Hot answers tagged letterboxing
I did wonder whether there were any long standing letterboxers whose experience would put me to shame lurking around here, but since the question is now more generalised I feel more qualified to answer! What is letterboxing? It's most commonly practised (and originally started) in Dartmoor, and shares a lot of things with geocaching. It originally started ...
Use an ammunition box - commonly found at Army/Navy surplus stores or on eBay/Craiglist for ~$10 USD, depending on the caliber size of the box. .50 caliber boxes are larger than, say, 30 caliber. Waterproof, cheap, and very durable. Another option is to use Tupperware or something similar if a smaller size is desired. Buy higher-end containers that ...
I live on the edge of Dartmoor and have some hands-on experience of letterboxing. What is letterboxing? It was reportedly started by James Perrott, a Dartmoor guide who placed a bottle for visitors' cards on a cairn at Cranmere Pool in 1854. Before the modern military tracks this was the most remote point of the moor and a fashionable spot to visit. (The ...
Letterboxing is very much the precursor to geocaching, although it's available in relatively limited places compared to the former. Dartmoor is where it was invented, and is thus the most popular place - you can easily find some boxes just by looking under "suspicious" rocks. I believe it's also available elsewhere in some areas in the US, though I'm not ...
A gallon size water jug like this works well, too, although I did have a bear tear apart one in a geocache because it apparently associated that kind of plastic with food.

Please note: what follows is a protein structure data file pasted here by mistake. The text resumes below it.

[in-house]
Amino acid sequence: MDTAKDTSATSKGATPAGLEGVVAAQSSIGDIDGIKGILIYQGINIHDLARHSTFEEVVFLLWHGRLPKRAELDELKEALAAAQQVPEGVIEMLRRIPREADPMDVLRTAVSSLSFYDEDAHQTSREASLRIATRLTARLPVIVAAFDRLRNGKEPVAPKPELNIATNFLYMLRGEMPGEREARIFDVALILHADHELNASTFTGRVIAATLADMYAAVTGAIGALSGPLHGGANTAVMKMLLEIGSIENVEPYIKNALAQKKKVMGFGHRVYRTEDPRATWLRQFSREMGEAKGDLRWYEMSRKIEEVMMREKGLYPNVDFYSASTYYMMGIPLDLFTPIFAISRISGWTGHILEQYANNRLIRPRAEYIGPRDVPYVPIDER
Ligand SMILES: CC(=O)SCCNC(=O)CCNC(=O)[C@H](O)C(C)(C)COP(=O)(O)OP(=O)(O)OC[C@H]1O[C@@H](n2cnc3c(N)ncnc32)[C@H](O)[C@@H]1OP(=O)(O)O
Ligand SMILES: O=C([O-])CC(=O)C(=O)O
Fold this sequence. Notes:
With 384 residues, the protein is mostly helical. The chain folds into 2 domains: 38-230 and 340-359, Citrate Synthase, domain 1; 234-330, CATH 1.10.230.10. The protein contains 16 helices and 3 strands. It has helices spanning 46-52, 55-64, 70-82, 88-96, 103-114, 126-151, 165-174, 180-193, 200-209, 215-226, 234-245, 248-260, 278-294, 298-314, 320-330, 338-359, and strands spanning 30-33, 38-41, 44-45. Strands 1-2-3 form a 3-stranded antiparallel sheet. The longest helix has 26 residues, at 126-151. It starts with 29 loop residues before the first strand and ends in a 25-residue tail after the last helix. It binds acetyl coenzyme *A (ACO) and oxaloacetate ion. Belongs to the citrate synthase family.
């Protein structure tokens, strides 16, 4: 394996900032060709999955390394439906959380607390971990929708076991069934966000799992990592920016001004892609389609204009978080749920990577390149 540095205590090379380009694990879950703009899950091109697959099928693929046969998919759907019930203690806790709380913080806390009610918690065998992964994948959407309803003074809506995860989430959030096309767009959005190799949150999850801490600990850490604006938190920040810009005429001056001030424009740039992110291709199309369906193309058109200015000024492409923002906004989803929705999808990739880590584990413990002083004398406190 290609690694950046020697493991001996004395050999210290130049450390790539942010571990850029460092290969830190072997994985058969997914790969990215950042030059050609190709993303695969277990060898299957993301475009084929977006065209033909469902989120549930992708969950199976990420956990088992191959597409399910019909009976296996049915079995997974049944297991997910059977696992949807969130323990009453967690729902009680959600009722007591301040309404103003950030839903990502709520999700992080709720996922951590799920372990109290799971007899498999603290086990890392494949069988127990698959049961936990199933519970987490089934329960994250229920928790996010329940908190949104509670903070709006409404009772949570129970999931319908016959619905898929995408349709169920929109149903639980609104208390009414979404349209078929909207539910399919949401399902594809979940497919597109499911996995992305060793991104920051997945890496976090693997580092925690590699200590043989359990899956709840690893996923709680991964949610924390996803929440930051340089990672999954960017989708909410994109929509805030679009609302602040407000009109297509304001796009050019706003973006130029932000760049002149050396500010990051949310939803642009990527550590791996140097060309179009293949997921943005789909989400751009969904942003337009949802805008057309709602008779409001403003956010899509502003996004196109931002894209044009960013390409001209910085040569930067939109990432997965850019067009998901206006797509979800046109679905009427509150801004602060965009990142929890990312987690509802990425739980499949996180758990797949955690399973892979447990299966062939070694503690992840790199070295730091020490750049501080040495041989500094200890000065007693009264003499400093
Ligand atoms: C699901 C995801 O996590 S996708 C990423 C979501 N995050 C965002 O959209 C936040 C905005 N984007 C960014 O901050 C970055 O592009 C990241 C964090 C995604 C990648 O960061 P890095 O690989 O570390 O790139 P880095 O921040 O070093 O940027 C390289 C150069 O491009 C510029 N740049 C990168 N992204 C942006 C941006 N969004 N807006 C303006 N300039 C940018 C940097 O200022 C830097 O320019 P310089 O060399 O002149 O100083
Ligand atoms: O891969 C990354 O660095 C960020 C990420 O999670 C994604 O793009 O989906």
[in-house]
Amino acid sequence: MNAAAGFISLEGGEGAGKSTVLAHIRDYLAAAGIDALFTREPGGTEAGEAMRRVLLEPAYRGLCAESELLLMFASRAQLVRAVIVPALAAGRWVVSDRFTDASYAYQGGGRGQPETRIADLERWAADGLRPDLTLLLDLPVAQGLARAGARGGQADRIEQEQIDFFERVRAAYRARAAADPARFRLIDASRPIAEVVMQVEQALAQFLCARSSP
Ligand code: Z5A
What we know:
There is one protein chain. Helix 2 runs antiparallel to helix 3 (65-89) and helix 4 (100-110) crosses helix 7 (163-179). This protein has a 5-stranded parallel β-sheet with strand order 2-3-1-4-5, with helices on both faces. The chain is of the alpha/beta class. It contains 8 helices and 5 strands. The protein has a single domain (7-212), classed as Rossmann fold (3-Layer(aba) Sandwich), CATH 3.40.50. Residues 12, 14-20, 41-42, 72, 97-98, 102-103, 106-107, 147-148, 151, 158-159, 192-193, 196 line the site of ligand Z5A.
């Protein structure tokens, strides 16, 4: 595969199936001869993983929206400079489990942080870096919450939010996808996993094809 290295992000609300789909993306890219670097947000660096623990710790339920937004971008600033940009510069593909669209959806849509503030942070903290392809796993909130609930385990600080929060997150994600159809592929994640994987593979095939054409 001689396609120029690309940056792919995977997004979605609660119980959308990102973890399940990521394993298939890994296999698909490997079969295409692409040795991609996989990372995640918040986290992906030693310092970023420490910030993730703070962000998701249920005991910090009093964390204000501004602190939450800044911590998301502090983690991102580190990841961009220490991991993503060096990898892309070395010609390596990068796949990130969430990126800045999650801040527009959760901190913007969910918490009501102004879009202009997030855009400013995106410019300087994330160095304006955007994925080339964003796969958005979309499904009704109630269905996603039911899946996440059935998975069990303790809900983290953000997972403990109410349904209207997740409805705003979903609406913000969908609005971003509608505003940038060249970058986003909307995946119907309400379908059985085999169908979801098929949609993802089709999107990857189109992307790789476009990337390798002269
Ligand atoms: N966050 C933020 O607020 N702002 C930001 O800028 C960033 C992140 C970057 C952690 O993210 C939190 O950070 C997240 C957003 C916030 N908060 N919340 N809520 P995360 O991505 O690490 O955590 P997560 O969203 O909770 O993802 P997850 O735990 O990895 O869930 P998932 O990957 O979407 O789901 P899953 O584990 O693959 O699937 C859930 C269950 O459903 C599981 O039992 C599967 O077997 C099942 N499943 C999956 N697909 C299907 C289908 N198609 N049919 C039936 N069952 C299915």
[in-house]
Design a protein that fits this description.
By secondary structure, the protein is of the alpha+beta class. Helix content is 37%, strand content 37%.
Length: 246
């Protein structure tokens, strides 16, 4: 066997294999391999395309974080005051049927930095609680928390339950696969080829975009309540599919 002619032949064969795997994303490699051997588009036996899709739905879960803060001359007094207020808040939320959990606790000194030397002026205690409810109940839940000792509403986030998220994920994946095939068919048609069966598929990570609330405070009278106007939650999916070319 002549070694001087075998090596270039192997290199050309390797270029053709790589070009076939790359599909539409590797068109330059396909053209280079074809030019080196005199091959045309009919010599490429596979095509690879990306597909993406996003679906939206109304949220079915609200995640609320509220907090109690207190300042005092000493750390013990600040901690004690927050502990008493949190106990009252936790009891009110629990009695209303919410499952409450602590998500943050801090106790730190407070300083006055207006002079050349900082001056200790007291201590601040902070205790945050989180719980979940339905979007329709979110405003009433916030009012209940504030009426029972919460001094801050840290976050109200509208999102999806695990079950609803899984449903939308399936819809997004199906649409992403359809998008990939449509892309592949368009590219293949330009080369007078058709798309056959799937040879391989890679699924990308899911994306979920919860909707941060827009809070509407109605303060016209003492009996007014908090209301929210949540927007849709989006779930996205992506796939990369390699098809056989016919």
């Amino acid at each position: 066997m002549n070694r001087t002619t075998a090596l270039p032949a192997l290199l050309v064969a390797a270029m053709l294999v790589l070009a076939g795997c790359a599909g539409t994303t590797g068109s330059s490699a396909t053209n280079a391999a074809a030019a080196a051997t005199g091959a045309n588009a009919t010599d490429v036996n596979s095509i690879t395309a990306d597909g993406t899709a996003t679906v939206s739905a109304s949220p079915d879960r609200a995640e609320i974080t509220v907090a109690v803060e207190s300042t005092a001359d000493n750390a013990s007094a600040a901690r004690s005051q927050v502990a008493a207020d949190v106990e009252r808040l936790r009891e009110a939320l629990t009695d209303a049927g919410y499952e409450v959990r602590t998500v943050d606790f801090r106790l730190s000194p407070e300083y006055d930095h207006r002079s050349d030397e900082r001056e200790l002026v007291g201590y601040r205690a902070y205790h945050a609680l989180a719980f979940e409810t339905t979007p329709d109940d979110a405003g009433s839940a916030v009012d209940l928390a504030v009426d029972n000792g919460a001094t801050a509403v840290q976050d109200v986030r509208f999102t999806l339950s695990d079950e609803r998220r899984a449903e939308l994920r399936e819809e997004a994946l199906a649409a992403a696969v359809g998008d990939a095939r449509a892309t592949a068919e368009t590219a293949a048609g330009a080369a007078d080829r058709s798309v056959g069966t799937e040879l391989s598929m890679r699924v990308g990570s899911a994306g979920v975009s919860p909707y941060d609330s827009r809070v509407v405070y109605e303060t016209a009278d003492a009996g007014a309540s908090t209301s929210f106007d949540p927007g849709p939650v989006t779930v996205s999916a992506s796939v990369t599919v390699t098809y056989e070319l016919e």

That would make you a 'naked geocacher'; a player who searches for geocaches by using a map, not a GPS. It's not uncommon, though it is a minority section of the international geocaching community. I cached naked for my first 40 hides, using maps and satellite images from Google Earth - it generally requires more preparation and a longer search at GZ but I ...
I have not done any geocaching but as I understand it, you get the coordinates of the cache and then you go find it with a GPS. Well, you don't need to use the GPS if you don't want to. If you know the coordinates, you can search for it with a map and compass. It will just be harder.
The 'Lock & Lock' brand works well as the four-side locks ensures the seal is tight.
I prefer the rubbermaid containers of various sizes that lock with tabs on all four sizes. You can get small ones right up to very large containers for any size of cache you need.
Letterboxing resources for various locations: Dartmoor http://www.dartmoorletterboxing.org/
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